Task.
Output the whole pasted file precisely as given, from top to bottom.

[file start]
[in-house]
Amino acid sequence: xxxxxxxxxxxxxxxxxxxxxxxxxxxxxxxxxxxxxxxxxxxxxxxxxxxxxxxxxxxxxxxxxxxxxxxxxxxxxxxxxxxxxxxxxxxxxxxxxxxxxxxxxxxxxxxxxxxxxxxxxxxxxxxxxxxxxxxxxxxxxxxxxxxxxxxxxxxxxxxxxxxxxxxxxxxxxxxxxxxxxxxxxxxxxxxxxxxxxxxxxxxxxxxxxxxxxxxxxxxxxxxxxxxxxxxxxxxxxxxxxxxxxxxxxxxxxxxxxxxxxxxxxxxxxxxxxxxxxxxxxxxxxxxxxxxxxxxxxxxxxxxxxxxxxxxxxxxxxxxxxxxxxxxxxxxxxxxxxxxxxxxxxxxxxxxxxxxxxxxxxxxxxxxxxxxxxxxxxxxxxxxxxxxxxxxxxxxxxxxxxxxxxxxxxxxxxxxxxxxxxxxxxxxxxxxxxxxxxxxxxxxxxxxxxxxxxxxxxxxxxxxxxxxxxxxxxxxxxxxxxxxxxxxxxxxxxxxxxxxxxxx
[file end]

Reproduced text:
[in-house]
Amino acid sequence: xxxxxxxxxxxxxxxxxxxxxxxxxxxxxxxxxxxxxxxxxxxxxxxxxxxxxxxxxxxxxxxxxxxxxxxxxxxxxxxxxxxxxxxxxxxxxxxxxxxxxxxxxxxxxxxxxxxxxxxxxxxxxxxxxxxxxxxxxxxxxxxxxxxxxxxxxxxxxxxxxxxxxxxxxxxxxxxxxxxxxxxxxxxxxxxxxxxxxxxxxxxxxxxxxxxxxxxxxxxxxxxxxxxxxxxxxxxxxxxxxxxxxxxxxxxxxxxxxxxxxxxxxxxxxxxxxxxxxxxxxxxxxxxxxxxxxxxxxxxxxxxxxxxxxxxxxxxxxxxxxxxxxxxxxxxxxxxxxxxxxxxxxxxxxxxxxxxxxxxxxxxxxxxxxxxxxxxxxxxxxxxxxxxxxxxxxxxxxxxxxxxxxxxxxxxxxxxxxxxxxxxxxxxxxxxxxxxxxxxxxxxxxxxxxxxxxxxxxxxxxxxxxxxxxxxxxxxxxxxxxxxxxxxxxxxxxxxxxxxxxxx